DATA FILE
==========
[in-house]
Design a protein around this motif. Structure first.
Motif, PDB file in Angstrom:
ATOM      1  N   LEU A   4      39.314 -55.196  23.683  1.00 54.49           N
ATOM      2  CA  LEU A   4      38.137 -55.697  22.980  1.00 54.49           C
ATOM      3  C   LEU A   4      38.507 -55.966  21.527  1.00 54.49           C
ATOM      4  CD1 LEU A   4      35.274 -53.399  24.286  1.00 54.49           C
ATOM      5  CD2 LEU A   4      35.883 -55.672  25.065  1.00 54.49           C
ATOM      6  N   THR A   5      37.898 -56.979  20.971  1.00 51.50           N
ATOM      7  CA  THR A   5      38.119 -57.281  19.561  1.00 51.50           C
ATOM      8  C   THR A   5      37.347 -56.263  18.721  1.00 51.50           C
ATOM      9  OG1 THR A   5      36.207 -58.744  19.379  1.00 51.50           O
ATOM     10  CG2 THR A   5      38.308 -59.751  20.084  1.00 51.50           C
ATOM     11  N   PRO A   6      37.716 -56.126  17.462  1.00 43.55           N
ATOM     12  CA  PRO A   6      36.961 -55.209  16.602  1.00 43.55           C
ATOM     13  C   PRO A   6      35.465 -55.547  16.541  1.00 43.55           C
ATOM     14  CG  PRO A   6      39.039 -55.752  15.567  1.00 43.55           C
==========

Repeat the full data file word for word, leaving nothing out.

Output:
[in-house]
Design a protein around this motif. Structure first.
Motif, PDB file in Angstrom:
ATOM      1  N   LEU A   4      39.314 -55.196  23.683  1.00 54.49           N
ATOM      2  CA  LEU A   4      38.137 -55.697  22.980  1.00 54.49           C
ATOM      3  C   LEU A   4      38.507 -55.966  21.527  1.00 54.49           C
ATOM      4  CD1 LEU A   4      35.274 -53.399  24.286  1.00 54.49           C
ATOM      5  CD2 LEU A   4      35.883 -55.672  25.065  1.00 54.49           C
ATOM      6  N   THR A   5      37.898 -56.979  20.971  1.00 51.50           N
ATOM      7  CA  THR A   5      38.119 -57.281  19.561  1.00 51.50           C
ATOM      8  C   THR A   5      37.347 -56.263  18.721  1.00 51.50           C
ATOM      9  OG1 THR A   5      36.207 -58.744  19.379  1.00 51.50           O
ATOM     10  CG2 THR A   5      38.308 -59.751  20.084  1.00 51.50           C
ATOM     11  N   PRO A   6      37.716 -56.126  17.462  1.00 43.55           N
ATOM     12  CA  PRO A   6      36.961 -55.209  16.602  1.00 43.55           C
ATOM     13  C   PRO A   6      35.465 -55.547  16.541  1.00 43.55           C
ATOM     14  CG  PRO A   6      39.039 -55.752  15.567  1.00 43.55           C